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Paul Verlaine: His Life-His Work: Rimbaud, Page 3
by Edmond Lepelletier (1907); translated by E.M. Lang (1909).

Arthur Rimbaud played too important a part in Verlaine's life for us to pass him over without giving some details of his career. He was an Ardennais, and consequently a compatriot of Verlaine's. He was born at Charleville, where his mother lived with her father Nicolas Knief, on the 20th October 1854. His family had originally come from the south, and his father, like Verlaine's, had been a captain, but in the infantry. Young Rimbaud attended the local grammar school, and was quite a satisfactory pupil, particularly in Latin; he won several prizes, notably that for Latin verse. His was a precocious, inventive intelligence, which his masters termed fertile. For this he obtained praise which stimulated his already active vanity. He soon took to literature, and composed while still at school several bizarre poems which were afterwards published and admired: Les Premières Communions, Le Bal des Pendus, etc. While still very young he manifested revolutionary and atheistic sentiments, for his were the talents of a satiric poet, and the disordered aspirations of an anarchist.

During the German war, on the day after Sedan, impelled by the vagrant spirit which was later to drive him to Harrar and Ethiopia, he sold the books he had received as prizes, and thus furnished with money, set his face towards Paris, but with a naïve and clumsy cunning, desirous of economising his slender resources, and supposing that he would be able to slip out of the train unperceived on arrival, he only took a ticket for the first station after Charleville, accomplishing the rest of the journey without one.

At the Gare de l'Est he was stopped as a traveller without a ticket, and was found to be without references or papers; having indeed all the appearance of a boy escaped from a reformatory. Accordingly he was taken to the Depôt, but, sullen and contemptuous, he refused to answer any questions as to his origin, means, or the motives which had impelled him to take the train and escape from some place or authority he did not wish to reveal. His secrecy and stealthy glances right and left caused the police to regard him with suspicion; he was retained and sent to Mazas with open instructions. After a few days of detention, however, he made up his mind to give the name of one of his old professors, M. Georges Izambard of Douai. This gentleman, informed by the authorities, sent the money demanded for the railway ticket, and Rimbaud set at liberty was taken back to the station and despatched to Douai, for it was impossible for him to return to Charleville, the communications having been cut off by the Prussians.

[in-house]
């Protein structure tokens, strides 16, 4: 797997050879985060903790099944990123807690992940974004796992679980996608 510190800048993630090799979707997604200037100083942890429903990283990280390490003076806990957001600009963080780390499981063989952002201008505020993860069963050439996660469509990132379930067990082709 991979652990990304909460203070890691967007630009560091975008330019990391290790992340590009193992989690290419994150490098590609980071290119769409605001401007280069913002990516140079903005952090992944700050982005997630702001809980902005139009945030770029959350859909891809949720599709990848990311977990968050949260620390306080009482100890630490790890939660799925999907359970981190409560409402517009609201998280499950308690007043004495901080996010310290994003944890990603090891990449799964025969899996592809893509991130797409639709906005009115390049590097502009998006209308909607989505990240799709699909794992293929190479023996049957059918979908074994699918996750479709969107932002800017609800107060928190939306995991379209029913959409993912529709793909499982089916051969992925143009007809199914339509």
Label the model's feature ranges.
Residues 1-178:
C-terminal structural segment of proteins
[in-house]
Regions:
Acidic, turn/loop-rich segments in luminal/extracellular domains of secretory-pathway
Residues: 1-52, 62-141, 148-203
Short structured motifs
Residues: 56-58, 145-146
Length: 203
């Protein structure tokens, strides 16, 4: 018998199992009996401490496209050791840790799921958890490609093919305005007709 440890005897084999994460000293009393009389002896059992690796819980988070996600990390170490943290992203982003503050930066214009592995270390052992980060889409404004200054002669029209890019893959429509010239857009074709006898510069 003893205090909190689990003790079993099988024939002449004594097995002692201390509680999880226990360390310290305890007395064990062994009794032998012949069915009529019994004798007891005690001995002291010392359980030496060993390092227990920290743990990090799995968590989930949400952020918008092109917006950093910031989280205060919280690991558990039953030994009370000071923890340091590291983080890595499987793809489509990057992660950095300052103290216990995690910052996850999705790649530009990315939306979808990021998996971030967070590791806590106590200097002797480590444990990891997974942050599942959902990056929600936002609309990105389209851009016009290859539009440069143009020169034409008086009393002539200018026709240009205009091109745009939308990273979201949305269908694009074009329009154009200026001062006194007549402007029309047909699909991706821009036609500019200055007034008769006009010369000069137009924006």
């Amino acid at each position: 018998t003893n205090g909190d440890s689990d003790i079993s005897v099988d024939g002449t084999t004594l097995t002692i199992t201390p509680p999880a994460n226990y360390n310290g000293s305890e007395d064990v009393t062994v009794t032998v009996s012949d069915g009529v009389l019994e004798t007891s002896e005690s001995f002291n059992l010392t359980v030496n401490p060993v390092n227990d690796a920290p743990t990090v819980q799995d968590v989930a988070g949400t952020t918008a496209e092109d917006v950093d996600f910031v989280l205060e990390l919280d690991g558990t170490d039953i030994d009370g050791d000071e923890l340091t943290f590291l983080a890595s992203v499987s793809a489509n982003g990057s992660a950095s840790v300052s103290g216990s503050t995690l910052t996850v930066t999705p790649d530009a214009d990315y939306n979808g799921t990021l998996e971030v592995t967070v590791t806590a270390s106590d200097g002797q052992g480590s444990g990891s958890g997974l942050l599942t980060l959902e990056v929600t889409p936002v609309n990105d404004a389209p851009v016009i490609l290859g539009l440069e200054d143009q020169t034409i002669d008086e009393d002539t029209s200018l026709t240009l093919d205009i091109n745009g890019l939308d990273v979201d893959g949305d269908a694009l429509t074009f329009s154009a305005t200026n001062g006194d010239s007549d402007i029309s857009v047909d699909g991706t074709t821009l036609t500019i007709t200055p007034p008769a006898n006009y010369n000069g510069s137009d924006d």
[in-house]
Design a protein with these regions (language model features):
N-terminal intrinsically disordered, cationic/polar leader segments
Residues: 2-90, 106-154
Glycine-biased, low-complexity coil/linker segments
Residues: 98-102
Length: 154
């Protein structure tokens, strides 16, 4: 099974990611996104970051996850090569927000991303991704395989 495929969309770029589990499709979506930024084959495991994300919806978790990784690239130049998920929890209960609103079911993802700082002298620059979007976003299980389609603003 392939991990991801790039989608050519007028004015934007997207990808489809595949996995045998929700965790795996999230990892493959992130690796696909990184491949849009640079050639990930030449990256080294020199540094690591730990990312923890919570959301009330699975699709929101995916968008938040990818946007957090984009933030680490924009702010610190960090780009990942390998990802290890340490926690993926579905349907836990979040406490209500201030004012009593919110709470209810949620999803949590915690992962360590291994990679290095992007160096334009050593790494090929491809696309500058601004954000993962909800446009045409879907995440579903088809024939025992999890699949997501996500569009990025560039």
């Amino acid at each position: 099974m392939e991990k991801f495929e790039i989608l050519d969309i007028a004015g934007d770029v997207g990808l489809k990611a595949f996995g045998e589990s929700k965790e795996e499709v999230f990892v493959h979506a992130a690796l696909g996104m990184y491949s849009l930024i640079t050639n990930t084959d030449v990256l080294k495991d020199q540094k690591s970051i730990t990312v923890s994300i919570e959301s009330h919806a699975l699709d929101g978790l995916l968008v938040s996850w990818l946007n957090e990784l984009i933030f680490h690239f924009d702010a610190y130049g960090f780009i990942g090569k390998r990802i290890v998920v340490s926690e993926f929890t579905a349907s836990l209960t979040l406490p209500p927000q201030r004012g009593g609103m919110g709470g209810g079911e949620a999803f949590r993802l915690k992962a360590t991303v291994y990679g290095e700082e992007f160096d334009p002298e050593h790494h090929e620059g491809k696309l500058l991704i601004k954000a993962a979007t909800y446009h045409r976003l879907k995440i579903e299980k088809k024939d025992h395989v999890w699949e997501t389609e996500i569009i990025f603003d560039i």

This was Rimbaud's first contact with Paris. Once again he escaped from his parents, and went to Charleroi with the idea of joining the staff of a newspaper in that town; but he was not accepted. It must be said that his appearance, that of a vicious and sickly boy, was hardly prepossessing, and the editor of the journal could not believe that such a troublesome vagabond was likely to prove of any service. Rimbaud therefore returned home, where he remained quietly until the end of October 1870. During this period he composed several poems, among others Les Effarés, and Le Cabaret Vert. He had some correspondence with a friend, M. Delahaye, who knew Verlaine. Soon the desire to go to Paris reawakened in him, but he knew that the Germans surrounded the capital with an iron ring, and the fear of not being able to break through it, kept him for some time longer in his native town. He inveighed against the war and against the Parisians for the resistance which upset his plans. He avidly demanded news, keeping himself informed every day at the Hôtel-de-Ville, or in the cafés, of the progress of the invasion. He declaimed against the length of the siege, and considered the defence absurd and useless. He said that in the besieged city all thought was for food, and no notice was taken of poetry. "Paris is nothing but a stomach!" he asserted.


PAGE 3 OF 11.

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AUTHOR: Edmond Lepelletier (1907); translated by E.M. Lang (1909).
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